In northern India I was surprised to feel almost small - compared to the men at least. With their impressive stature, for once I felt less of a haystack in a field of needles.
But what was particularly eye-catching was their fondness for flares. Wrapping their long, fine limbs in slim-fitting flares, teamed with 1970s long-lapelled shirts in orange and yellow stripes, they considered themselves very much "on trend". And to be fair they looked pretty good - fortunately the shorter, dumpier types stuck to conventional, contemporary cuts, but the young and lean looked pretty impressively retro-dapper.
In this country there are several advantages to breathing from a higher stratosphere:
1) Your nose is further from the heady cocktail of street stench, including mostly cow dung, dog excrement, human sewage and rotten vegetables. Some shops and homes generously burn incense to mask the smell but it's best to put as much height between you and the debris as possible.
2) The tallest person gets the tallest camel. On safari in Rajasthan's Thar Desert , I was awarded "Johnnie Walker" who was a docile, amenable giant in urgent need of Listerine. And I did well, the others had grumpy, stumpy mounts with a chafing stride and similarly asphyxiating halitosis. Big is best!
3) It is easy to intimidate pesky, leering youths. Groups of five or six giggling boys in their late teens seem to hang around monuments, palaces and forts with no interest in national heritage, but a strong thirst for a tourist-fix. Deliberately hanging back until you've passed them, they break into fits of hysteria as they try to photograph your bum. Summoning my full height and all the headmistressly presence I could muster, it was very satisfying to catch them in the act and give them a good public dressing-down in front of their mates.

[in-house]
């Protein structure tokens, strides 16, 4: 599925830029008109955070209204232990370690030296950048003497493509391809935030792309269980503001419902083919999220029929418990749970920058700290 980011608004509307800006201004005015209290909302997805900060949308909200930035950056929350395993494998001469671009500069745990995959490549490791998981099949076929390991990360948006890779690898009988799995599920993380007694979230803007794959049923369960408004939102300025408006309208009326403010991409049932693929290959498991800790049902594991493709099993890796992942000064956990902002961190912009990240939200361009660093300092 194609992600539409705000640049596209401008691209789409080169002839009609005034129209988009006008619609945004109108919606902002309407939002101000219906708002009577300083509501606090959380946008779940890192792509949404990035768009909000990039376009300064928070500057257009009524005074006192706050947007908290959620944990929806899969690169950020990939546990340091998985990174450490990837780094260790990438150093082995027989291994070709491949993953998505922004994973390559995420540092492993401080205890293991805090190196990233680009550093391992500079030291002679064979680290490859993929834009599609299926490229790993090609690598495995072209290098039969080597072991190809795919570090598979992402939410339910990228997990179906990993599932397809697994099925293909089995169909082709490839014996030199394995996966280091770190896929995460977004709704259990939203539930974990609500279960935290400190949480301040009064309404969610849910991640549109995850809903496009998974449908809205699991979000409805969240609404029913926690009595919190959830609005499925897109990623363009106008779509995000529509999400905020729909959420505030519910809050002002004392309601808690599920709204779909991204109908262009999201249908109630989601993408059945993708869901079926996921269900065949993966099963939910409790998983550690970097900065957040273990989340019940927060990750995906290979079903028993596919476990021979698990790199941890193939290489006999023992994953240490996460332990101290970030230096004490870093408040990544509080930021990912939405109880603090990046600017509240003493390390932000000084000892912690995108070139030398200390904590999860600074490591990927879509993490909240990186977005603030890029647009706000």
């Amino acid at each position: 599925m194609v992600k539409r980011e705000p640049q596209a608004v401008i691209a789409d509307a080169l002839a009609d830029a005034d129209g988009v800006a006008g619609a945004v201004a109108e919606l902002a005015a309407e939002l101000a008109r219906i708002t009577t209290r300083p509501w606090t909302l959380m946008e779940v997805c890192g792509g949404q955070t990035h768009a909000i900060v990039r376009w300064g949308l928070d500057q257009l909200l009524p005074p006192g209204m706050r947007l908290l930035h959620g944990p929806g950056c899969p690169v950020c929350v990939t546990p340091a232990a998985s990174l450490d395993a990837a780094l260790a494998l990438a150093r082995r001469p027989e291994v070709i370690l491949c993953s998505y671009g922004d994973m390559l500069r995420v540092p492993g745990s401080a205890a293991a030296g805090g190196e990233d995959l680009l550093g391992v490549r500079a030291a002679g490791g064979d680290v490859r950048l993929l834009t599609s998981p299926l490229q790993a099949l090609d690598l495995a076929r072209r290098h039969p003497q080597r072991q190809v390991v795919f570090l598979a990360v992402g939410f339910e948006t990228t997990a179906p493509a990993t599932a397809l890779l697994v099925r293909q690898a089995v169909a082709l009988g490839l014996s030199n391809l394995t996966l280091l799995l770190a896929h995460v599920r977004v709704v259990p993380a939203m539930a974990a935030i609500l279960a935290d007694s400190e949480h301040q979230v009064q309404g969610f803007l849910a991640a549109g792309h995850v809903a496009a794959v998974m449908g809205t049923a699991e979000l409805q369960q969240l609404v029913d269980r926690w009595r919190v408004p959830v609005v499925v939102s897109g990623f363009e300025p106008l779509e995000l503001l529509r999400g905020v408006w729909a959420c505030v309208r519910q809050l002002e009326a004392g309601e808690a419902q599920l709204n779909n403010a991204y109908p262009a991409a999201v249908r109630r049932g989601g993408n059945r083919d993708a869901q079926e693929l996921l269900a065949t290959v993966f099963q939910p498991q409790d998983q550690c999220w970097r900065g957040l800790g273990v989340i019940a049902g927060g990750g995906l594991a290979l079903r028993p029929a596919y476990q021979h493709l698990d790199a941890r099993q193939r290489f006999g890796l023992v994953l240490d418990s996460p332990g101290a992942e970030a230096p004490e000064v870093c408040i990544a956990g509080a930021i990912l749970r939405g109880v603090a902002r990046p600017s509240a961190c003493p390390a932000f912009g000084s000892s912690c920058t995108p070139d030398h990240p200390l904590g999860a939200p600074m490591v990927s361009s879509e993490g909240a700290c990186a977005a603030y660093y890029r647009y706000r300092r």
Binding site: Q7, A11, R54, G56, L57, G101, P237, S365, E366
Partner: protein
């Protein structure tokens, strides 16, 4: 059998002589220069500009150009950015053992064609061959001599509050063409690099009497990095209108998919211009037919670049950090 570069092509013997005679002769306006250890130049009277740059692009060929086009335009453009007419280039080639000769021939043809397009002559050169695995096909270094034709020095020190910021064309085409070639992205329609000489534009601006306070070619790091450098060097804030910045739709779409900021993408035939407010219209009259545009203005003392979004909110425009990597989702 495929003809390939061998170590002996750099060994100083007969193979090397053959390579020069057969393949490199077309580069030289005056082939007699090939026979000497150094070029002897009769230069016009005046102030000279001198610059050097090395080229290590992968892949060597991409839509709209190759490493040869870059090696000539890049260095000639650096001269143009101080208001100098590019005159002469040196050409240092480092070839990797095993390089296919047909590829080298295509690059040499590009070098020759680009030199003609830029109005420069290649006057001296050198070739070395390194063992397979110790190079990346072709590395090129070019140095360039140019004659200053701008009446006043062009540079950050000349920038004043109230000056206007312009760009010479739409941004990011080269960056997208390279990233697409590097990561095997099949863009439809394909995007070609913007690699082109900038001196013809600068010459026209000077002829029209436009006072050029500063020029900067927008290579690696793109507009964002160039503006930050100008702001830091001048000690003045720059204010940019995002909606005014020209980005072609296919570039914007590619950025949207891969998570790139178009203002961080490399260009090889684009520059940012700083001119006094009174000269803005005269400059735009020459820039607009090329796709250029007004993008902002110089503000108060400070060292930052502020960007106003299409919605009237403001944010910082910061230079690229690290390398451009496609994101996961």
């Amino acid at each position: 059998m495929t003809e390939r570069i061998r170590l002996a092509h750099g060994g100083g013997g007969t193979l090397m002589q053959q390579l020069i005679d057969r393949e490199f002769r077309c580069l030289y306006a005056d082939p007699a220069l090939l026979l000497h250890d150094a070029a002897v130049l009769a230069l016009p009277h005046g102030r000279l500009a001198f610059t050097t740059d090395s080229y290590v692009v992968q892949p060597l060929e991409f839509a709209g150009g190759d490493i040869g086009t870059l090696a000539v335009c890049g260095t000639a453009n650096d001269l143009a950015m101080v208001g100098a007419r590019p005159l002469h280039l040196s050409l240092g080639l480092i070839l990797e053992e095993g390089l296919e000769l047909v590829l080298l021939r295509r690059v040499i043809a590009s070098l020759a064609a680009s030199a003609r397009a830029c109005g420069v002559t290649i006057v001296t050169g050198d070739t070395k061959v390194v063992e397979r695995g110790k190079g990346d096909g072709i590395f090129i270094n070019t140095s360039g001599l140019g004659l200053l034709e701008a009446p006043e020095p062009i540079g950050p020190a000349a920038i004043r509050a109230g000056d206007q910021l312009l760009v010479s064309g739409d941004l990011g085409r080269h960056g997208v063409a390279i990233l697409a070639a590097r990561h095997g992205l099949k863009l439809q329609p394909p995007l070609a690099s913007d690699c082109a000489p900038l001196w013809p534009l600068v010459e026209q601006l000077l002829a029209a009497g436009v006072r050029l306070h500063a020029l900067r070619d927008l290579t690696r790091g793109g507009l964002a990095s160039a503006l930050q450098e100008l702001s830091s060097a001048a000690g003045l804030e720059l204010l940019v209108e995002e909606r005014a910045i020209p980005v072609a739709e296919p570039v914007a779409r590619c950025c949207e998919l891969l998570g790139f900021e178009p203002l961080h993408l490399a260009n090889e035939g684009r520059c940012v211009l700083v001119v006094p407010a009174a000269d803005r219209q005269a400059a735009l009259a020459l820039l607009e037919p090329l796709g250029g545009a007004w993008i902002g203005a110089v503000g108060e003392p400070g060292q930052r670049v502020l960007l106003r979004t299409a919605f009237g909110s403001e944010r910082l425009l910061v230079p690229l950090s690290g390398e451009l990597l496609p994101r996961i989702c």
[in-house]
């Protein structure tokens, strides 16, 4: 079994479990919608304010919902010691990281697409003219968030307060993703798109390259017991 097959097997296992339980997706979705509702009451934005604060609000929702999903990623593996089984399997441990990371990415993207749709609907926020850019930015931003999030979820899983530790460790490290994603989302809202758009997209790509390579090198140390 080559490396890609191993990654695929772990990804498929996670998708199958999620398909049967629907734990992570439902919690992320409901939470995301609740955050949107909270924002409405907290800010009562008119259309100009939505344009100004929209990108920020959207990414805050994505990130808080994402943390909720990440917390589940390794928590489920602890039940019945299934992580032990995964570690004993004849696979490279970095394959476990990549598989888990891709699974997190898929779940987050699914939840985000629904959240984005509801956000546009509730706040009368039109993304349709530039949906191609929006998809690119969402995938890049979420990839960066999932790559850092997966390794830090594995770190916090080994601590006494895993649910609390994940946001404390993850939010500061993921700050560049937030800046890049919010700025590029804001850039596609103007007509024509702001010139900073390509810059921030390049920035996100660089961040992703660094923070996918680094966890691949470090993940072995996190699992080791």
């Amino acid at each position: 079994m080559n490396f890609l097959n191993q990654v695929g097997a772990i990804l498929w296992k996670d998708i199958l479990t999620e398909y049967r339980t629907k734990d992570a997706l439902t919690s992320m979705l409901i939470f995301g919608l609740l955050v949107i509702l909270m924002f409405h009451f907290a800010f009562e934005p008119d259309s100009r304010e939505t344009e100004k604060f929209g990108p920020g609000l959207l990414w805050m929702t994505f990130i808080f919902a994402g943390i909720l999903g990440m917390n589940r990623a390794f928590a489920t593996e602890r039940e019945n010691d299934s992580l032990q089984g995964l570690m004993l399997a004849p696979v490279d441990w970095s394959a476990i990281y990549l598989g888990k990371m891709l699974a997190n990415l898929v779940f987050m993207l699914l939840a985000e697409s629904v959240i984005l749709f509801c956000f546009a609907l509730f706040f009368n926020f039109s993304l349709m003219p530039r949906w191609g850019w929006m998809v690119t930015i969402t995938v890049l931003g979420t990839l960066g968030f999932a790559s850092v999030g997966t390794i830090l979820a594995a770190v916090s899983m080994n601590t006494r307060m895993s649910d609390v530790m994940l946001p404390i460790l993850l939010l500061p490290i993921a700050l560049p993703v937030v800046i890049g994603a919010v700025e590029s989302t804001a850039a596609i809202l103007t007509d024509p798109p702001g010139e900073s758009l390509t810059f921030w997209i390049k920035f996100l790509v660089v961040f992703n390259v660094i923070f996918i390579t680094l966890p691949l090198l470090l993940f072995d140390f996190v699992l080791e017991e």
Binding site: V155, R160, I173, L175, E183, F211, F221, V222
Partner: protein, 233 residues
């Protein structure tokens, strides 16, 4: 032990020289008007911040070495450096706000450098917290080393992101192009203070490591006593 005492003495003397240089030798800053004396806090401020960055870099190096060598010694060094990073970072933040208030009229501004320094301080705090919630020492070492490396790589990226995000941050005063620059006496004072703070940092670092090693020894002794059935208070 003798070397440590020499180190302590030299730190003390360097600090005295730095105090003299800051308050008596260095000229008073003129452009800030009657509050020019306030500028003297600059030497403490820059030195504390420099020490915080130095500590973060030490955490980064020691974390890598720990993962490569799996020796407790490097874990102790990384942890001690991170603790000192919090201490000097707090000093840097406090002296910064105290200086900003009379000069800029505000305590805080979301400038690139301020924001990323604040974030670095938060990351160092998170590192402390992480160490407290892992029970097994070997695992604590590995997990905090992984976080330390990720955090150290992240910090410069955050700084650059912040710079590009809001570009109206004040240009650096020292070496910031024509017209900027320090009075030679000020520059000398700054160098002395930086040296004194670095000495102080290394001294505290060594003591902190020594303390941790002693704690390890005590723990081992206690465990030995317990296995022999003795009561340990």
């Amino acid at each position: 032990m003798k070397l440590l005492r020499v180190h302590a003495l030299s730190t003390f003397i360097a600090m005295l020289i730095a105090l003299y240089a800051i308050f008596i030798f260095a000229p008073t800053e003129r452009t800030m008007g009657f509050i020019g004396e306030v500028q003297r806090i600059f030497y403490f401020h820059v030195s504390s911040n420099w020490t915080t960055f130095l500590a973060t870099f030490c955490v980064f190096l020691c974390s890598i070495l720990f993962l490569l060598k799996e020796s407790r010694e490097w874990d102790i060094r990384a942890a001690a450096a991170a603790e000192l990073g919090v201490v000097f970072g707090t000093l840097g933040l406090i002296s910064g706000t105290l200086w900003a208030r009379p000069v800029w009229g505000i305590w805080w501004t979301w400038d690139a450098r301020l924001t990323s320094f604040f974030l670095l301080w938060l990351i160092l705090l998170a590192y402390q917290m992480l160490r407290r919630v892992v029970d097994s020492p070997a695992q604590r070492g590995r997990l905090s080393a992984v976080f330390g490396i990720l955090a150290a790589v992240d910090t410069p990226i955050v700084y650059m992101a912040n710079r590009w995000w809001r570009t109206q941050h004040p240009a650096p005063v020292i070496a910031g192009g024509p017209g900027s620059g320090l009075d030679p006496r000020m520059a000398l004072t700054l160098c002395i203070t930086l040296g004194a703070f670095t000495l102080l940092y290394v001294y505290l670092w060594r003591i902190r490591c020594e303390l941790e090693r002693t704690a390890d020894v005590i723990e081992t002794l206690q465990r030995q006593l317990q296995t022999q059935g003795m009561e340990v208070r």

Many tourists did their best to blend in with the locals and avoid unwanted attention by covering up and adopting local dress. This was never going to work for me. I would dearly love to be able to wear one of those beautiful saris, but the ladies are all so petite and filigree-boned that I'd probably be mistaken for a transvestite. Standing out is one thing, standing out and being spat on is quite another.
And finally, a heightist travel blog would never be complete without a reference to doorway heights. On the whole I didn't have any problems in India as it is possible that a positive legacy of the British Raj was to leave behind generously proportioned doorways. This was the case in most places, except the Maharaja Mahal palace in the Jaisalmer fort. It has intentionally low doorways designed to force people to stoop as they entered a room, automatically showing respect to the maharaja, should he happen to be in the room. Well, at least that place provided a tenuous explanation.